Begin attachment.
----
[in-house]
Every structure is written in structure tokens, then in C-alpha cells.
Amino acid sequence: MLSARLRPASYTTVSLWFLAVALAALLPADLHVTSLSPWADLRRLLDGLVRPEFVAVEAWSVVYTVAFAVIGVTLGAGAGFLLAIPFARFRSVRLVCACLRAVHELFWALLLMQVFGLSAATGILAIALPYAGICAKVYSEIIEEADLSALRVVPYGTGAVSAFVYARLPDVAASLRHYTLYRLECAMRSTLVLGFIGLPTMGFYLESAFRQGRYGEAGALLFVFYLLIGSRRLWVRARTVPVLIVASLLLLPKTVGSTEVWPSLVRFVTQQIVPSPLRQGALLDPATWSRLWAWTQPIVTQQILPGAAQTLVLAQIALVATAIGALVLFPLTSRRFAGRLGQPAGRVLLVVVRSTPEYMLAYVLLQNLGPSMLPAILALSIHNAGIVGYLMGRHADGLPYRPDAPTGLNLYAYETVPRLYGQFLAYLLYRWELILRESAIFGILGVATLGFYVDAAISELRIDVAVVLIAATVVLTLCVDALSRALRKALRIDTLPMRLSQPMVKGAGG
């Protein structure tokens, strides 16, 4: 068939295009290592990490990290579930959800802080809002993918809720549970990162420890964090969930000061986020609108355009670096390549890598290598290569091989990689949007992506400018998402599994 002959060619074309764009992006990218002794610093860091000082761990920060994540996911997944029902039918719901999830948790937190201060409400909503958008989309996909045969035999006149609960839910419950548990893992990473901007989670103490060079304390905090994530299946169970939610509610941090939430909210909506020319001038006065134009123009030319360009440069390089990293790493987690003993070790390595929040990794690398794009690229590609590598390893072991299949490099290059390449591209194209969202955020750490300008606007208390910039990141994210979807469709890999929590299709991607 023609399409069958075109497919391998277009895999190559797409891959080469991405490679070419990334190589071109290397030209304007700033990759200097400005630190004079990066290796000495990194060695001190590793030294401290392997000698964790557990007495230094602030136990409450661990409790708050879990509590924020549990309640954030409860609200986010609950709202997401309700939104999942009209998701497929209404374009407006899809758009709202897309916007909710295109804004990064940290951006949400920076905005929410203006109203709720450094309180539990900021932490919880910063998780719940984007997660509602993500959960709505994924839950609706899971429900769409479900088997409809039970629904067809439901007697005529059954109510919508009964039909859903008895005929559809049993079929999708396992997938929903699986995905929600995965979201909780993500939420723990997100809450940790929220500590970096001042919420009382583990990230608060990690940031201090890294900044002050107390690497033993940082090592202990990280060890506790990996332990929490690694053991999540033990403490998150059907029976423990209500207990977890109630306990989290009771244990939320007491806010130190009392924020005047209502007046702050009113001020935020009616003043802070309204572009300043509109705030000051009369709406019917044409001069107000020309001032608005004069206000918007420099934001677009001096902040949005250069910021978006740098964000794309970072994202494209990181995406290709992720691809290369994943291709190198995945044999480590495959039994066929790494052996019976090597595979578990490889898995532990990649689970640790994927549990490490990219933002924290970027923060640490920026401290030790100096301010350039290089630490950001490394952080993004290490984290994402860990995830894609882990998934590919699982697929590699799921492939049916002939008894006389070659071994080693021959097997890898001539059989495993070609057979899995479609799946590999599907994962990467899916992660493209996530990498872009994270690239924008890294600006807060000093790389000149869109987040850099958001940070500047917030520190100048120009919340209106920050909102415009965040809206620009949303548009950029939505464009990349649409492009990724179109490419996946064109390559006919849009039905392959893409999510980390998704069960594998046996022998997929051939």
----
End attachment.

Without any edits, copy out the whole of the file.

[in-house]
Every structure is written in structure tokens, then in C-alpha cells.
Amino acid sequence: MLSARLRPASYTTVSLWFLAVALAALLPADLHVTSLSPWADLRRLLDGLVRPEFVAVEAWSVVYTVAFAVIGVTLGAGAGFLLAIPFARFRSVRLVCACLRAVHELFWALLLMQVFGLSAATGILAIALPYAGICAKVYSEIIEEADLSALRVVPYGTGAVSAFVYARLPDVAASLRHYTLYRLECAMRSTLVLGFIGLPTMGFYLESAFRQGRYGEAGALLFVFYLLIGSRRLWVRARTVPVLIVASLLLLPKTVGSTEVWPSLVRFVTQQIVPSPLRQGALLDPATWSRLWAWTQPIVTQQILPGAAQTLVLAQIALVATAIGALVLFPLTSRRFAGRLGQPAGRVLLVVVRSTPEYMLAYVLLQNLGPSMLPAILALSIHNAGIVGYLMGRHADGLPYRPDAPTGLNLYAYETVPRLYGQFLAYLLYRWELILRESAIFGILGVATLGFYVDAAISELRIDVAVVLIAATVVLTLCVDALSRALRKALRIDTLPMRLSQPMVKGAGG
């Protein structure tokens, strides 16, 4: 068939295009290592990490990290579930959800802080809002993918809720549970990162420890964090969930000061986020609108355009670096390549890598290598290569091989990689949007992506400018998402599994 002959060619074309764009992006990218002794610093860091000082761990920060994540996911997944029902039918719901999830948790937190201060409400909503958008989309996909045969035999006149609960839910419950548990893992990473901007989670103490060079304390905090994530299946169970939610509610941090939430909210909506020319001038006065134009123009030319360009440069390089990293790493987690003993070790390595929040990794690398794009690229590609590598390893072991299949490099290059390449591209194209969202955020750490300008606007208390910039990141994210979807469709890999929590299709991607 023609399409069958075109497919391998277009895999190559797409891959080469991405490679070419990334190589071109290397030209304007700033990759200097400005630190004079990066290796000495990194060695001190590793030294401290392997000698964790557990007495230094602030136990409450661990409790708050879990509590924020549990309640954030409860609200986010609950709202997401309700939104999942009209998701497929209404374009407006899809758009709202897309916007909710295109804004990064940290951006949400920076905005929410203006109203709720450094309180539990900021932490919880910063998780719940984007997660509602993500959960709505994924839950609706899971429900769409479900088997409809039970629904067809439901007697005529059954109510919508009964039909859903008895005929559809049993079929999708396992997938929903699986995905929600995965979201909780993500939420723990997100809450940790929220500590970096001042919420009382583990990230608060990690940031201090890294900044002050107390690497033993940082090592202990990280060890506790990996332990929490690694053991999540033990403490998150059907029976423990209500207990977890109630306990989290009771244990939320007491806010130190009392924020005047209502007046702050009113001020935020009616003043802070309204572009300043509109705030000051009369709406019917044409001069107000020309001032608005004069206000918007420099934001677009001096902040949005250069910021978006740098964000794309970072994202494209990181995406290709992720691809290369994943291709190198995945044999480590495959039994066929790494052996019976090597595979578990490889898995532990990649689970640790994927549990490490990219933002924290970027923060640490920026401290030790100096301010350039290089630490950001490394952080993004290490984290994402860990995830894609882990998934590919699982697929590699799921492939049916002939008894006389070659071994080693021959097997890898001539059989495993070609057979899995479609799946590999599907994962990467899916992660493209996530990498872009994270690239924008890294600006807060000093790389000149869109987040850099958001940070500047917030520190100048120009919340209106920050909102415009965040809206620009949303548009950029939505464009990349649409492009990724179109490419996946064109390559006919849009039905392959893409999510980390998704069960594998046996022998997929051939």